Do Couples Communication Workshops Work?
Do Couples Communication Workshops Work?
Communication issues can have a significant, negative impact on the quality of your relationship. It’s also one of the most frequent and damaging patterns within a relationship, and often why couples seek help from a couples communication workshop or a couples therapist. But the question you may have is do couples communications workshops really work?
Attending a couples communication workshop or working with a couples counselor are both great options for anyone struggling with communication, but there are significant differences between the two. Read on to discover the benefits of each and how therapy provides a more personalized approach.
What’s getting in the way of effective communication between you and your partner?
Some of the behaviors that contribute to poor communication include:
- Being overly defensive
Although we all desire to feel loved and supported by our partners, sometimes even the best of intentions get misunderstood, and get lost in other emotions, such as anger, sadness, or numbness.
Healthy communication, on the other hand, includes:
Expression of thoughts and emotions in an exact way
- Active listening
Couples Communication Workshops
Couples communication skills workshops introduce you and your partner to skills that allow you to understand the needs of each other. These workshops are beneficial in addressing communication problems because they provide evidence-based interventions and tools in an intensive 2-3 day period and typically include some of the following strategies:
- Practical communication skills
- Clarify relationship issues and choices
- How to model healthy relationships
- How to bring more passion and playfulness into your relationship
As these strategies are beneficial to know, sometimes working with a couples counselor can clarify and personalize the same material based on your relationship.
Many couples will find ways of ignoring the fact that they lack the skills to manage conflict and dilemmas well for no fault of their own. Instead, they live with underlying resentments that grow over the years, and they become more disconnected from one another. If you and your partner prefer private sessions’ privacy and personalization, couples therapy can be helpful.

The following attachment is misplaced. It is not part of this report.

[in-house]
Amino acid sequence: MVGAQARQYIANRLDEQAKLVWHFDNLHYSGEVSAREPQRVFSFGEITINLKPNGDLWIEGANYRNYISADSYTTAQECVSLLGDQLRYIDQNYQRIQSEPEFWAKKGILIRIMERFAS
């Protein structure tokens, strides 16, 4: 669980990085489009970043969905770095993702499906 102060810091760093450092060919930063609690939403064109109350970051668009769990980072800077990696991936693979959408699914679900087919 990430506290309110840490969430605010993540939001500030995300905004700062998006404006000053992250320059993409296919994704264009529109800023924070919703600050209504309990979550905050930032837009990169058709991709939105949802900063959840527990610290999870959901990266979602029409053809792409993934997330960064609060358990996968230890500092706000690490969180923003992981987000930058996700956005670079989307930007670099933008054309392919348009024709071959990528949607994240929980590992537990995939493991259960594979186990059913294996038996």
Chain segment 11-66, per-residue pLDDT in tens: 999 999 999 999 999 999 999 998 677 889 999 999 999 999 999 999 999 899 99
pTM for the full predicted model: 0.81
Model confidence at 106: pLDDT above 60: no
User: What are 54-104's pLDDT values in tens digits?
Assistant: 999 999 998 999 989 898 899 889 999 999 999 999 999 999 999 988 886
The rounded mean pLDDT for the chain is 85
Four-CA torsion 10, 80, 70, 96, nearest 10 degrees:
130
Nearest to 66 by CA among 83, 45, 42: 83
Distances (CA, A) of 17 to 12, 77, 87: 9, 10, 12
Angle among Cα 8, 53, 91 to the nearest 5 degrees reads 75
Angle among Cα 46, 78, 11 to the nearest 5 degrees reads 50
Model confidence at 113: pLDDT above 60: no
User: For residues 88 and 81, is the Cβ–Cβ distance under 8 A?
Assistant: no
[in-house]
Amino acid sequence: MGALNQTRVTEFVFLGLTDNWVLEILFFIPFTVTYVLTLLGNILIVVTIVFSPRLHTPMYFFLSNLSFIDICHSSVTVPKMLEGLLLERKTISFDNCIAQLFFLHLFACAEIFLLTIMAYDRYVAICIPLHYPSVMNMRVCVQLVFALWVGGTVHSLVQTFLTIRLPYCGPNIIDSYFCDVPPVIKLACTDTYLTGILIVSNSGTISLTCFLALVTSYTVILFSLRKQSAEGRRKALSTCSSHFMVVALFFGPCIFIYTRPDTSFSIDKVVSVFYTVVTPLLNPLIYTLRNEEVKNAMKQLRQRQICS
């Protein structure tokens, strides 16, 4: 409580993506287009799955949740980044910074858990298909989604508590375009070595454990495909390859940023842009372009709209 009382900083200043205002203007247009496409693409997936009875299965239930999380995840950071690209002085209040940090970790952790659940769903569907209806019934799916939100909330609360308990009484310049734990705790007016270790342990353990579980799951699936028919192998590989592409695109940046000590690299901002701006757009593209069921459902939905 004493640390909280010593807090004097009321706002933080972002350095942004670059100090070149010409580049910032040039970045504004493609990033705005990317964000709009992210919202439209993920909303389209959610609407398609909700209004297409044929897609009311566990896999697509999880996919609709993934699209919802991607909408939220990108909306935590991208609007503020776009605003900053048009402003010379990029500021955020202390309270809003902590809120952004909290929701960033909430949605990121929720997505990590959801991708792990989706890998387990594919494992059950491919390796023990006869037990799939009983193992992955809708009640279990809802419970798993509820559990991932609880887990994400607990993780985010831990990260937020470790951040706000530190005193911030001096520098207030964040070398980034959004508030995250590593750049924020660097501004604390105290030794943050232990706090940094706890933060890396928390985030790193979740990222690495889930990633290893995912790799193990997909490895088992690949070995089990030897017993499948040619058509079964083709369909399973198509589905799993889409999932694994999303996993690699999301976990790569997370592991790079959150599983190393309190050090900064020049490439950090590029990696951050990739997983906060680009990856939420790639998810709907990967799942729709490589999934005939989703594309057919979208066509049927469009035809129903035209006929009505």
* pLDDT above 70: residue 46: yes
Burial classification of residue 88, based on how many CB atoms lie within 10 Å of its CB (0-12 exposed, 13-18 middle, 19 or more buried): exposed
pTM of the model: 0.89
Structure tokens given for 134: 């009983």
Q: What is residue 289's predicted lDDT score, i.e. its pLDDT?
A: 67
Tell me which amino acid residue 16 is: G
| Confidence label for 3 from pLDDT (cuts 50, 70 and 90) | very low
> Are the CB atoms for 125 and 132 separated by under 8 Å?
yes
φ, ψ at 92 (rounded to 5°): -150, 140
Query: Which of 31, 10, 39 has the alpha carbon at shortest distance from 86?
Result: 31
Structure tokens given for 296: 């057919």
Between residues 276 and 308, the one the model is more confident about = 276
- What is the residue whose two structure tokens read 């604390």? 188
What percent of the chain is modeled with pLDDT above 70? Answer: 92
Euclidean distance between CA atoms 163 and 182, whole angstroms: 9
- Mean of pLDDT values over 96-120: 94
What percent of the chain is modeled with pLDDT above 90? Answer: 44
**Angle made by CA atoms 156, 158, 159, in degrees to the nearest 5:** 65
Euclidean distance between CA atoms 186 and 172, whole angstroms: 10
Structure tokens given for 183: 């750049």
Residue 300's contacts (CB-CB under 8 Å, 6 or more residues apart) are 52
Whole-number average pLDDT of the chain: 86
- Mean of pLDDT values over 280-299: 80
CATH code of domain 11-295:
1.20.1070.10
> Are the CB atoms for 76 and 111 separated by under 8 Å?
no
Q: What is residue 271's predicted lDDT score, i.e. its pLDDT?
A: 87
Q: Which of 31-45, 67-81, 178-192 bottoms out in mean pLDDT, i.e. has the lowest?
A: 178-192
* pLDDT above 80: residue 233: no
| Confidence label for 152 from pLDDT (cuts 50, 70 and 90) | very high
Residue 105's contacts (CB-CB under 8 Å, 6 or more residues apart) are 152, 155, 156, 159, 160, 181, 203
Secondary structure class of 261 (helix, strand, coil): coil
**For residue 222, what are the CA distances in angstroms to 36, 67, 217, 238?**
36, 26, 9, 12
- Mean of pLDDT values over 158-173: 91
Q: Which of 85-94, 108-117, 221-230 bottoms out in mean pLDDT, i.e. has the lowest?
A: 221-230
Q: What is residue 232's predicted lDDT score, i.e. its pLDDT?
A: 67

Couples therapy is an open-ended process in which the therapist can adapt specifically to your needs. Your therapist takes the time to understand your and your partner’s
needs and will work at a comfortable pace for you and your partner to fully comprehend the skills needed to overcome communication issues.
Communication skills training intends to improve the clarity with which members of relationships express their thoughts and emotions and listen to and understand each other’s messages.
Additionally, your therapist can help you with:
Identifying personal communication styles
It’s prevalent for couples to have different styles of communication. You don’t always have to agree with your partner to have good communication.
You can respectfully agree to disagree, understanding where both of you are coming from. Good communication promotes better understanding, acceptance, and collaboration—instead of constant disagreement and conflict.
There are four basic styles of communication. Even though you might use several techniques in different situations, usually, you will typically lean towards one style.
- Passive communication prioritizes the needs, wants, and feelings of others – even at your own cost.
- Aggressive communication occurs when only your needs, wants, and feelings matter. You may ignore the needs of your partner or try to overpower them. Blame, shame, disrespectful language are tools meant to dominate conversations
- Passive-aggressiveness communication tends to involve indirect expressions of hostility through subtle insults, moody behaviors, and stubbornness.
- Assertive communication meets the needs of both you and your partner. When you can clearly express your opinions and take responsibility for yourself without judgement, you’re communication assertively. This is typically the goal of healthy communication training, as it incorporates compromise and engagement.